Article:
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Imposter Syndrome and Me

Updated: Jul 13

I find it difficult to accept success. Or praise. Or compliments. Or any positive affirmations really.


I’m not alone.


Scottish people are notorious for being unable to accept compliments, or downplaying due to sheer awkwardness. I had it highlighted that whenever someone tells me that they like what I’m wearing my knee-jerk reaction is to tell them where I bought it and what it cost – rather than a simple, ‘thanks’.


Our culture is so based around a dry sense of humour that any compliments appear to be taking the piss, and that acknowledging it makes you seem a bit vain.


While Scottish people aren’t known to be shy and retiring, does our inclination to rebuff positive interactions deter others ability to see our successes and achievements?


It's not to say I’m not proud of what I’ve achieved in my life so far – I am. I’ve come further than I ever thought possible and I’ve overcome some incredible hurdles on the way. But being told how well I have done in something generally results in hitting a riddy and/or tears.

There’s a lot of talk of ‘Imposter Syndrome’, ironically from people who totally seem to have it together.


Does it stem from a discomfort in surroundings? Possibly, the first time I recall feeling so exposed was after I was made redundant from a job I’d spent 5 years in.


I was made redundant at the same time I graduated from Uni, I had been given a fresh start to begin again and not worry about notice periods – but I quickly realised that I couldn’t value my achievements highly enough to upsell them to someone else.


I knew I had a degree to back me up and almost five years of operational experience but I couldn’t justify applying for roles that would really challenge me and test my worth. Imagine trying to explain this to the woman signing you on at the job centre.


But somehow, I ended up in a role which has been moulded to fit me and where there is freedom to be as creative as I can. But that isn’t to say I haven’t had setbacks.


There have been times where I’ve been passed over for opportunities or been slightly sidelined. But you need these to grow and to understand where you can develop.


I’ve had more spells of great opportunities, including taking part in the Lens programme, an intrapreneurship programme. That isn’t a misspelling – intrapreneurs develop from within a business or organisation as opposed to entrepreneurs who set up their own.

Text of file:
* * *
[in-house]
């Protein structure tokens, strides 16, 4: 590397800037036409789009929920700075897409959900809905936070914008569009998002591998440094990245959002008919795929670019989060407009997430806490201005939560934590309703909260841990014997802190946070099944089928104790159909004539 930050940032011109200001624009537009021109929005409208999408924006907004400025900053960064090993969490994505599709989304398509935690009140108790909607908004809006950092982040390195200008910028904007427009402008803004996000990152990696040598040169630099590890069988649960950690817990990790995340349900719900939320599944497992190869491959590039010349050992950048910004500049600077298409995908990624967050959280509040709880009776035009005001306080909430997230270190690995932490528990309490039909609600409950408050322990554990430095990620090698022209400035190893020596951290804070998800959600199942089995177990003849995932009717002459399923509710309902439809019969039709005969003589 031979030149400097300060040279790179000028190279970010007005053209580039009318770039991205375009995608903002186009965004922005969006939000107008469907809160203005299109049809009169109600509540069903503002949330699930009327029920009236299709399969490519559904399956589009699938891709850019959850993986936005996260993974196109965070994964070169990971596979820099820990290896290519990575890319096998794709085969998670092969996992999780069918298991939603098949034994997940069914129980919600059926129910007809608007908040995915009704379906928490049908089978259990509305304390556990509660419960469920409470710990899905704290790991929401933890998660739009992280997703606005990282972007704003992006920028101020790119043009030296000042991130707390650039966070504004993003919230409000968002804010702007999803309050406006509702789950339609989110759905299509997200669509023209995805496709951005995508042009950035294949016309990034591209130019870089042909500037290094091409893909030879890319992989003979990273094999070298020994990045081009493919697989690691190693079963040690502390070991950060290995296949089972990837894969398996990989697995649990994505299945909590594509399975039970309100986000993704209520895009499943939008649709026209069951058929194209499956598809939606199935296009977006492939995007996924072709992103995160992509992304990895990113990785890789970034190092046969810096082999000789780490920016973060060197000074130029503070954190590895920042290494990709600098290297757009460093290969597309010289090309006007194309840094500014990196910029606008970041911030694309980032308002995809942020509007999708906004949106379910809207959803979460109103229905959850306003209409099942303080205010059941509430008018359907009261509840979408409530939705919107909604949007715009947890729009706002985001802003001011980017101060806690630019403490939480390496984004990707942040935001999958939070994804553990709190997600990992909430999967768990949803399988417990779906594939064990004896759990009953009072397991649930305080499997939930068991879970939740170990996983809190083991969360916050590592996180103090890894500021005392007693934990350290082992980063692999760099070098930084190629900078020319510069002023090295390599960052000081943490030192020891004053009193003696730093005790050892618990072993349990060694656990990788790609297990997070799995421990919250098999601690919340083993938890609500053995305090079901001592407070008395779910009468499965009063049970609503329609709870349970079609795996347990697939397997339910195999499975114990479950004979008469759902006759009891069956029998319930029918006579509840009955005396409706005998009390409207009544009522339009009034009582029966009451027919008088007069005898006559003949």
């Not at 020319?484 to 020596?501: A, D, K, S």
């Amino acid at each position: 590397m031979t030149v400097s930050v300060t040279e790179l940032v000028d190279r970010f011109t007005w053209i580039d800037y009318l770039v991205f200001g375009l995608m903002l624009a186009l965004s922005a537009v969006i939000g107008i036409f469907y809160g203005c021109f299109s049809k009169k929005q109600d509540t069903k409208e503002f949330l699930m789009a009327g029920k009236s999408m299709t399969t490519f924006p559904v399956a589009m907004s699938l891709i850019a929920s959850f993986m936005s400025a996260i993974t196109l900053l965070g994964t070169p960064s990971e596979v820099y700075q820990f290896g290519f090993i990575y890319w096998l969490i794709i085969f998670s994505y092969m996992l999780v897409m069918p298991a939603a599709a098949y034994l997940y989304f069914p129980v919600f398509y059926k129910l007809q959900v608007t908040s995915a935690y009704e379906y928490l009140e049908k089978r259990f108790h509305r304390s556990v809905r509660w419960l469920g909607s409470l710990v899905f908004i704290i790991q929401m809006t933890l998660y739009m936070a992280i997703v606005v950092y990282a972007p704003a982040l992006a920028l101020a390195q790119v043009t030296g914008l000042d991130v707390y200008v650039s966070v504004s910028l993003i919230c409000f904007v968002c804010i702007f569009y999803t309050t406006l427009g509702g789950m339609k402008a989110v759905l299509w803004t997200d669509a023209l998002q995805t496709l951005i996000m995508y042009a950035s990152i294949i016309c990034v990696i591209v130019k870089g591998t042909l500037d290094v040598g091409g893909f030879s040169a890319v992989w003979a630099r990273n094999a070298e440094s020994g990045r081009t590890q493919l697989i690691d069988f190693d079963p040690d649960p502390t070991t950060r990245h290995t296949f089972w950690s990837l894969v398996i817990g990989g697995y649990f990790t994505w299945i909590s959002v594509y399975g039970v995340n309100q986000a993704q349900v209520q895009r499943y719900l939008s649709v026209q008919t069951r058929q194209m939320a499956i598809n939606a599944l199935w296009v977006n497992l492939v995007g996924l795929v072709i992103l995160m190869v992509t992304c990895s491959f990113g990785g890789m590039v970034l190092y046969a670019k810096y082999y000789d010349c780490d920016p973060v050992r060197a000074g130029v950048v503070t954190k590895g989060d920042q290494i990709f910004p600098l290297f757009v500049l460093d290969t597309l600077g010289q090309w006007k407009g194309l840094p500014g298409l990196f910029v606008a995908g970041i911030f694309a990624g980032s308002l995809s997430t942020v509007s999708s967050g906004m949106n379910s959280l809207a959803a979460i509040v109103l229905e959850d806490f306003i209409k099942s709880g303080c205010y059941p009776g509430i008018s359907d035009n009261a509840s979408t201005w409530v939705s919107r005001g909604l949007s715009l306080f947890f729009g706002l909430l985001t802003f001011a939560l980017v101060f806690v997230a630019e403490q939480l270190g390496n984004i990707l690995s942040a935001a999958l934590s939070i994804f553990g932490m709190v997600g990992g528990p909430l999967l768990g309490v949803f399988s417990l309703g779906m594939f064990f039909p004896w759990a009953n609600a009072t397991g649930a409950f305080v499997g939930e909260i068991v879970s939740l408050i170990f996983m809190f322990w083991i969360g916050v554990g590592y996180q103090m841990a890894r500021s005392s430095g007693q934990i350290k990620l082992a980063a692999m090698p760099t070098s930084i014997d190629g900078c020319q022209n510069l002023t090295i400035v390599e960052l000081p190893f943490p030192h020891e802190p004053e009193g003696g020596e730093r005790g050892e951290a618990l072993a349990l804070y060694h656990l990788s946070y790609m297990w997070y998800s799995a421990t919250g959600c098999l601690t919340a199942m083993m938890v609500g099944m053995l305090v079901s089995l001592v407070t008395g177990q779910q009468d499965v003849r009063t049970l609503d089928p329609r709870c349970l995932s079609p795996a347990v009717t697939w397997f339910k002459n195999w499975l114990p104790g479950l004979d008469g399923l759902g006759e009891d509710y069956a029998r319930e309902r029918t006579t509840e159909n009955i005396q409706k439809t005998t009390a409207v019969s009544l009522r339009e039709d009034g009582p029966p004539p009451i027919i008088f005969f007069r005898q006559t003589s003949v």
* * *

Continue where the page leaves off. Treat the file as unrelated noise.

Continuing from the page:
Initially I had dismissed the idea, with the ‘someone else will have a better idea and do it better’ mantra, however following conversations with colleagues I was reassured that my idea wasn’t a terrible idea after all and that actually it had legs.


There was more to the process than I want to outline here as it isn’t really the best platform (you can read a full blog on the Lens Programme here), but what I realised was that actually, I can do whatever I want to!

I had spent weeks developing a pitch and memorising key figures and punchy phrases and on the day I was confronted with the realisation that I’d stand and pitch my idea and either be given funding to develop this, or I wouldn’t. End of.


It was a big deal to me, but me only.


No-one else would laugh that I hadn’t received funding, we weren’t all going to be able to receive it. But I would live.


Standing at the front of a room full of people, some familiar faces and other complete strangers suddenly wasn’t the most important thing.


It was convincing the judges in front of me that investing in me was investing in disadvantaged young women in the west of Scotland. And I got my funding.


It wasn’t because I suddenly decided that actually I was shit hot and could smash it, it was because I decided that for once in my life I’d accept the encouragement and the praise given.


And in a safe environment such as The Lens, encouragement was everywhere – I was dishing it out – but just unable to take it.


Opening myself up to the praise gave me a new perspective, I knew that the only person standing in the way of my achievements and success was me.


It hasn’t cured me, I haven’t become a public speaking pro overnight – but it’s shown me that there is a bit of fight inside me that just needs some coaching to come into her own.


You can see my Lens pitch here, and find out our plans for a brand new Digital Pathways programme.

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© 2020 by Lucy McOuat. 

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A Digital Content Creator from Glasgow, pushing herself outside her comfort zone and dealing with her Imposter Syndrome since 1994.